Police foil alleged attack by suspected right-wing terrorist
Police have swooped on a suspected terrorist allegedly hatching a coordinated plot to blow up an electricity substation to cause mass disruption on the NSW South Coast on the anniversary of the Christchurch mosques massacres.
Counter terror police arrested unemployed Josh Lucas, 21, after a month-long covert operation.
Police claim to have uncovered a plan to detonate a station in Nowra with crude explosives he had purchased on the dark web.
Lucas, who lives with his family in Sanctuary Point, had been increasingly referencing accused Australian gunman Brenton Tarrant on online forums in the run-up to Sunday's one-year anniversary of the New Zealand shootings, police will allege.
He was arrested and charged on Saturday with one count of an act done in preparation for, or planning, terrorist acts - which carries a maximum penalty of life imprisonment.
Police believe he was attempting to purchase military equipment and items capable of making explosives.
Officers allegedly unearthed online posts containing a stack of extreme right wing and anti government ideology, electronic devices, tactical equipment and soft gel firearms.
Four registered rifles were seized at a separate residence in Parma.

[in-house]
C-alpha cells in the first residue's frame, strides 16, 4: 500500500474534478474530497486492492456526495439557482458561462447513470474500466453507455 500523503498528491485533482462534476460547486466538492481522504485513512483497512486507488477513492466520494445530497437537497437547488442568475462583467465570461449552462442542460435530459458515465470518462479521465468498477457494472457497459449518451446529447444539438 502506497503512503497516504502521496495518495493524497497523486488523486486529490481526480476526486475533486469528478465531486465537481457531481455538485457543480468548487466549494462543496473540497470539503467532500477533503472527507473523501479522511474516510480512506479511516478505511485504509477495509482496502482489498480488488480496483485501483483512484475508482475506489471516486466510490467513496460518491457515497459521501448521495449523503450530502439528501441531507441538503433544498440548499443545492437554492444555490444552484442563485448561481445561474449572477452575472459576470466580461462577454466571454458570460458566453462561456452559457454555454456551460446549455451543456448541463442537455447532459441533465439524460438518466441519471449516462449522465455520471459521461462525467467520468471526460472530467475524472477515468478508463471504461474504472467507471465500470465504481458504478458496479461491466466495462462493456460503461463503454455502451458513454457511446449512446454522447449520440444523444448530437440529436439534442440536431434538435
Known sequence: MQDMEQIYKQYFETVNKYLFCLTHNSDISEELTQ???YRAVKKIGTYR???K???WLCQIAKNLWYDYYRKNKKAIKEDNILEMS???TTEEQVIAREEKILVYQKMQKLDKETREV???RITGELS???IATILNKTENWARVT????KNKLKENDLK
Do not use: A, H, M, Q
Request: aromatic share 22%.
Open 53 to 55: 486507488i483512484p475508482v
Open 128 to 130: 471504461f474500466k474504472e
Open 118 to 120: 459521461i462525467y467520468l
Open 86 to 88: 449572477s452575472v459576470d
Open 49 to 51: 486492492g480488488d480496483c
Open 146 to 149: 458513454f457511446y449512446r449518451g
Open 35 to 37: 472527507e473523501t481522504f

"A number of people are assisting with our inquiries, the ideologies that led to Christchurch was one of the factors that led to the arrest, we took Christchurch and the date it happened into account," Australian Federal Police Assistant Commissioner Counter Terrorism Scott Lee told a press conference this morning.
"The man was not known to police, the plan was to deliberately impact the provision of electricity in the area and source weapons prohibited in NSW.", he claimed.
Police are interviewing a number of people they believe are linked to the alleged plot and searching properties on the south coast.
Special Tactics Commander, assistant commissioner Mark Walton, claimed: "We are still searching properties, we found a lot of material on line, it was a Petri dish of hate, anti Semitic, anti government, nazi interests and anti indigenous.
"The level of sophistication the threat posed was low capability attack planning but it was a real threat.
"From our perspective we felt we had to move."
White supremacist Brenton Tarrant, 29, is facing terrorism charges, as well as 51 charges of murder and 40 for attempted murder.
He is expected to go on trial in June.